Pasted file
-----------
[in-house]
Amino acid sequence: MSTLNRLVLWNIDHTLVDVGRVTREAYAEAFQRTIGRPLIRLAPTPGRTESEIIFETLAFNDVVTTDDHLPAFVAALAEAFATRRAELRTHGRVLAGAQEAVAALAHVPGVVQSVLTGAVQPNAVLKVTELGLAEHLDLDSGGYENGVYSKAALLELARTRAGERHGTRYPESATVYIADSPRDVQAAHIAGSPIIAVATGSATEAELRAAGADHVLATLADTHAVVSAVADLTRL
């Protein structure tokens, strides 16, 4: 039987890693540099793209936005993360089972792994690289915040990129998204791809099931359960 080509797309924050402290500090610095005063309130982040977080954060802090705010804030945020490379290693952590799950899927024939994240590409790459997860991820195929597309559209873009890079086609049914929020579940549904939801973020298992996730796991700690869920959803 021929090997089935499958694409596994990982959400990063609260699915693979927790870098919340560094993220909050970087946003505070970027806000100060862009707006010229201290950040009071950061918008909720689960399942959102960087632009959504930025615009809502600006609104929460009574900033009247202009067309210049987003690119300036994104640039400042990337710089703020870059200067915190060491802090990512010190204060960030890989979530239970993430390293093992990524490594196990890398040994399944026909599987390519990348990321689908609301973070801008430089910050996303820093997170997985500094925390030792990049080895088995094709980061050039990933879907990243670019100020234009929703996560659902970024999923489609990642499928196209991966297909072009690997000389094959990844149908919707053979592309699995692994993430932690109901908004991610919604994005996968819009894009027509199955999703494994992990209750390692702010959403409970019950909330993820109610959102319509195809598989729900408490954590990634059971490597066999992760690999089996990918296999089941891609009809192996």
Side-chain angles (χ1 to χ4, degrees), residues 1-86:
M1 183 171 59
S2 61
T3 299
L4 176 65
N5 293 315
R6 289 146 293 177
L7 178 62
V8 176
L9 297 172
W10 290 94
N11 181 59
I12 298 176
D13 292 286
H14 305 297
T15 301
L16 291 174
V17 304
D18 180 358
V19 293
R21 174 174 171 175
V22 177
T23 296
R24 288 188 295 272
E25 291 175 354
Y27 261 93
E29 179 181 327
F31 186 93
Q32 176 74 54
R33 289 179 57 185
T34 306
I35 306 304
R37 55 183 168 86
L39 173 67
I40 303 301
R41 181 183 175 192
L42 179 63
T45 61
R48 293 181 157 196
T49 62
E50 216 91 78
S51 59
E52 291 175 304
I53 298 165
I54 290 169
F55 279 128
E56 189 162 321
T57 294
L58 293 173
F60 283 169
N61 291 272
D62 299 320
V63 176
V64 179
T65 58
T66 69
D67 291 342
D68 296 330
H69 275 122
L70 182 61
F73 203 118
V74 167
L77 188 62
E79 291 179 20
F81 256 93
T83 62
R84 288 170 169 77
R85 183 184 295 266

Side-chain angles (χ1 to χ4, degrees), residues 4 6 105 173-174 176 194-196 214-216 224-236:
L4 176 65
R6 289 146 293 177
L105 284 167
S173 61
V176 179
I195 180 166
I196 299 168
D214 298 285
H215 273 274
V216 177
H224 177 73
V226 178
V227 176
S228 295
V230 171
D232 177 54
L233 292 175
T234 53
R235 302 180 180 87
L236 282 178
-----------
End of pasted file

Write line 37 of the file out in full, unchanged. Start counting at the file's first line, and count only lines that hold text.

L39 173 67